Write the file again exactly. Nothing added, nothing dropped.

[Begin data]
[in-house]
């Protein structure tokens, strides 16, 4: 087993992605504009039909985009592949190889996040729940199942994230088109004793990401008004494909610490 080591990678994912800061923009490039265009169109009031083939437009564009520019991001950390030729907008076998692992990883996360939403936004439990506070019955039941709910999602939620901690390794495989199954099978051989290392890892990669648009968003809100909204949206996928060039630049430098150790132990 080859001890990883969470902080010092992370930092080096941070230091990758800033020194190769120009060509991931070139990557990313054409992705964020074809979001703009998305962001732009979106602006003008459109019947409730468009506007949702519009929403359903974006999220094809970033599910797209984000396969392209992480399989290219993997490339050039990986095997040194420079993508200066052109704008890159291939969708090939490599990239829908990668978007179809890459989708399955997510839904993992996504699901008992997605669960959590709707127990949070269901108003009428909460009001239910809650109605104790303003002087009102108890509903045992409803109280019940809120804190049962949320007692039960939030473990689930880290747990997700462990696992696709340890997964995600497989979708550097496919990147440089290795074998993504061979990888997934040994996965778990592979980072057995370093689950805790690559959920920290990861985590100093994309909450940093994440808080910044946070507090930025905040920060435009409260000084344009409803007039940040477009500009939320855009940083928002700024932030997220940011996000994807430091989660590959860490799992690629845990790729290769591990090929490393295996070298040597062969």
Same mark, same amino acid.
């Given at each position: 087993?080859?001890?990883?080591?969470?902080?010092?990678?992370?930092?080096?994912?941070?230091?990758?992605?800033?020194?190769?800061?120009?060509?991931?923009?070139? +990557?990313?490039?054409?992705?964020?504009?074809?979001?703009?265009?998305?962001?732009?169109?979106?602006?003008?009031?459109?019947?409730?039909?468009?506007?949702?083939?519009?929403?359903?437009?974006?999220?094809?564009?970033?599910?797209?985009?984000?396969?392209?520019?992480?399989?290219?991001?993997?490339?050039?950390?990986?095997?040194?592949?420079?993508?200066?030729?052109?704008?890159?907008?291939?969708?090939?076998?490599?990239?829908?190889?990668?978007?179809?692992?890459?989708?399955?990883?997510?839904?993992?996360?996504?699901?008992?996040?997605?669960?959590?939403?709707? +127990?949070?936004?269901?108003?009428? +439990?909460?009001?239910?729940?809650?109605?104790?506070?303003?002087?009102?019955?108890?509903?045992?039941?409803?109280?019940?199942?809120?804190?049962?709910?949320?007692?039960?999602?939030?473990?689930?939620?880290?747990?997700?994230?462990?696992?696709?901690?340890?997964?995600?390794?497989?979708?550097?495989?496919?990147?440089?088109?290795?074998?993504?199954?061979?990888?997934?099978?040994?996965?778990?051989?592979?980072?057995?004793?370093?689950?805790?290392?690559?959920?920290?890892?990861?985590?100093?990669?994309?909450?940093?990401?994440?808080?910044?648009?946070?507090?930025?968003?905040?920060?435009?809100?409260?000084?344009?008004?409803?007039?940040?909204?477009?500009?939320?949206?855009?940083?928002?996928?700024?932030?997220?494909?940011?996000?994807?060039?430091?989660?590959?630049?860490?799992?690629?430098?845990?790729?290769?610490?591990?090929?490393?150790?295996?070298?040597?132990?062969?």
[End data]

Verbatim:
[in-house]
């Protein structure tokens, strides 16, 4: 087993992605504009039909985009592949190889996040729940199942994230088109004793990401008004494909610490 080591990678994912800061923009490039265009169109009031083939437009564009520019991001950390030729907008076998692992990883996360939403936004439990506070019955039941709910999602939620901690390794495989199954099978051989290392890892990669648009968003809100909204949206996928060039630049430098150790132990 080859001890990883969470902080010092992370930092080096941070230091990758800033020194190769120009060509991931070139990557990313054409992705964020074809979001703009998305962001732009979106602006003008459109019947409730468009506007949702519009929403359903974006999220094809970033599910797209984000396969392209992480399989290219993997490339050039990986095997040194420079993508200066052109704008890159291939969708090939490599990239829908990668978007179809890459989708399955997510839904993992996504699901008992997605669960959590709707127990949070269901108003009428909460009001239910809650109605104790303003002087009102108890509903045992409803109280019940809120804190049962949320007692039960939030473990689930880290747990997700462990696992696709340890997964995600497989979708550097496919990147440089290795074998993504061979990888997934040994996965778990592979980072057995370093689950805790690559959920920290990861985590100093994309909450940093994440808080910044946070507090930025905040920060435009409260000084344009409803007039940040477009500009939320855009940083928002700024932030997220940011996000994807430091989660590959860490799992690629845990790729290769591990090929490393295996070298040597062969």
Same mark, same amino acid.
């Given at each position: 087993?080859?001890?990883?080591?969470?902080?010092?990678?992370?930092?080096?994912?941070?230091?990758?992605?800033?020194?190769?800061?120009?060509?991931?923009?070139? +990557?990313?490039?054409?992705?964020?504009?074809?979001?703009?265009?998305?962001?732009?169109?979106?602006?003008?009031?459109?019947?409730?039909?468009?506007?949702?083939?519009?929403?359903?437009?974006?999220?094809?564009?970033?599910?797209?985009?984000?396969?392209?520019?992480?399989?290219?991001?993997?490339?050039?950390?990986?095997?040194?592949?420079?993508?200066?030729?052109?704008?890159?907008?291939?969708?090939?076998?490599?990239?829908?190889?990668?978007?179809?692992?890459?989708?399955?990883?997510?839904?993992?996360?996504?699901?008992?996040?997605?669960?959590?939403?709707? +127990?949070?936004?269901?108003?009428? +439990?909460?009001?239910?729940?809650?109605?104790?506070?303003?002087?009102?019955?108890?509903?045992?039941?409803?109280?019940?199942?809120?804190?049962?709910?949320?007692?039960?999602?939030?473990?689930?939620?880290?747990?997700?994230?462990?696992?696709?901690?340890?997964?995600?390794?497989?979708?550097?495989?496919?990147?440089?088109?290795?074998?993504?199954?061979?990888?997934?099978?040994?996965?778990?051989?592979?980072?057995?004793?370093?689950?805790?290392?690559?959920?920290?890892?990861?985590?100093?990669?994309?909450?940093?990401?994440?808080?910044?648009?946070?507090?930025?968003?905040?920060?435009?809100?409260?000084?344009?008004?409803?007039?940040?909204?477009?500009?939320?949206?855009?940083?928002?996928?700024?932030?997220?494909?940011?996000?994807?060039?430091?989660?590959?630049?860490?799992?690629?430098?845990?790729?290769?610490?591990?090929?490393?150790?295996?070298?040597?132990?062969?």